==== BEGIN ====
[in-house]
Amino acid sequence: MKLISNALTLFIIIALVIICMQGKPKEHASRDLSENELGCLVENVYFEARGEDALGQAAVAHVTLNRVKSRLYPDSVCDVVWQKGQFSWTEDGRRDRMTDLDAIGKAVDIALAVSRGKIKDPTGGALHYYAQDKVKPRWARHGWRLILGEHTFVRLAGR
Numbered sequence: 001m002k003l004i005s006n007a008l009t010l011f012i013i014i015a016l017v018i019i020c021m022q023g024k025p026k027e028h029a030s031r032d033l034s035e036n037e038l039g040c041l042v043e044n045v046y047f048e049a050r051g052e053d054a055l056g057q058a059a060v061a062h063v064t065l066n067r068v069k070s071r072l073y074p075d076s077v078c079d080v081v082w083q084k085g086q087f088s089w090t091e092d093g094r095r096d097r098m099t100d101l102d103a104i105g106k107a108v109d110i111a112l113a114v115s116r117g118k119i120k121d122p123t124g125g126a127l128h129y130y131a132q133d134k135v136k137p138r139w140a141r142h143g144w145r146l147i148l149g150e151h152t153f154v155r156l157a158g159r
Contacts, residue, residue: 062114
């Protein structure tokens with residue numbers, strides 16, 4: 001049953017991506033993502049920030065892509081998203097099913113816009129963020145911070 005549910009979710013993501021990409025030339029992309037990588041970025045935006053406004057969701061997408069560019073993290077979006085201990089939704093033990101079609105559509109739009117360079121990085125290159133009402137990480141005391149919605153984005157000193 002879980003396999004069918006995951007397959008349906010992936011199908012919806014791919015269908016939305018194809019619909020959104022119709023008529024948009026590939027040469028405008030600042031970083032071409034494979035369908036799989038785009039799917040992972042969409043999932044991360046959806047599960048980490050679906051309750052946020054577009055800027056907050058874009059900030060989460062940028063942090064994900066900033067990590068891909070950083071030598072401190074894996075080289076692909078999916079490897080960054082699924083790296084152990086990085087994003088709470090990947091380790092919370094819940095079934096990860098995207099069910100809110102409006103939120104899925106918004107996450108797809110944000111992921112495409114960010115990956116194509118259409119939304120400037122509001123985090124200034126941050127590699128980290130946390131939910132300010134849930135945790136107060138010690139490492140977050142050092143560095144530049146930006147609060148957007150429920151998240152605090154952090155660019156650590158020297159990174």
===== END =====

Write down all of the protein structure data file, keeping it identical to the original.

[in-house]
Amino acid sequence: MKLISNALTLFIIIALVIICMQGKPKEHASRDLSENELGCLVENVYFEARGEDALGQAAVAHVTLNRVKSRLYPDSVCDVVWQKGQFSWTEDGRRDRMTDLDAIGKAVDIALAVSRGKIKDPTGGALHYYAQDKVKPRWARHGWRLILGEHTFVRLAGR
Numbered sequence: 001m002k003l004i005s006n007a008l009t010l011f012i013i014i015a016l017v018i019i020c021m022q023g024k025p026k027e028h029a030s031r032d033l034s035e036n037e038l039g040c041l042v043e044n045v046y047f048e049a050r051g052e053d054a055l056g057q058a059a060v061a062h063v064t065l066n067r068v069k070s071r072l073y074p075d076s077v078c079d080v081v082w083q084k085g086q087f088s089w090t091e092d093g094r095r096d097r098m099t100d101l102d103a104i105g106k107a108v109d110i111a112l113a114v115s116r117g118k119i120k121d122p123t124g125g126a127l128h129y130y131a132q133d134k135v136k137p138r139w140a141r142h143g144w145r146l147i148l149g150e151h152t153f154v155r156l157a158g159r
Contacts, residue, residue: 062114
């Protein structure tokens with residue numbers, strides 16, 4: 001049953017991506033993502049920030065892509081998203097099913113816009129963020145911070 005549910009979710013993501021990409025030339029992309037990588041970025045935006053406004057969701061997408069560019073993290077979006085201990089939704093033990101079609105559509109739009117360079121990085125290159133009402137990480141005391149919605153984005157000193 002879980003396999004069918006995951007397959008349906010992936011199908012919806014791919015269908016939305018194809019619909020959104022119709023008529024948009026590939027040469028405008030600042031970083032071409034494979035369908036799989038785009039799917040992972042969409043999932044991360046959806047599960048980490050679906051309750052946020054577009055800027056907050058874009059900030060989460062940028063942090064994900066900033067990590068891909070950083071030598072401190074894996075080289076692909078999916079490897080960054082699924083790296084152990086990085087994003088709470090990947091380790092919370094819940095079934096990860098995207099069910100809110102409006103939120104899925106918004107996450108797809110944000111992921112495409114960010115990956116194509118259409119939304120400037122509001123985090124200034126941050127590699128980290130946390131939910132300010134849930135945790136107060138010690139490492140977050142050092143560095144530049146930006147609060148957007150429920151998240152605090154952090155660019156650590158020297159990174």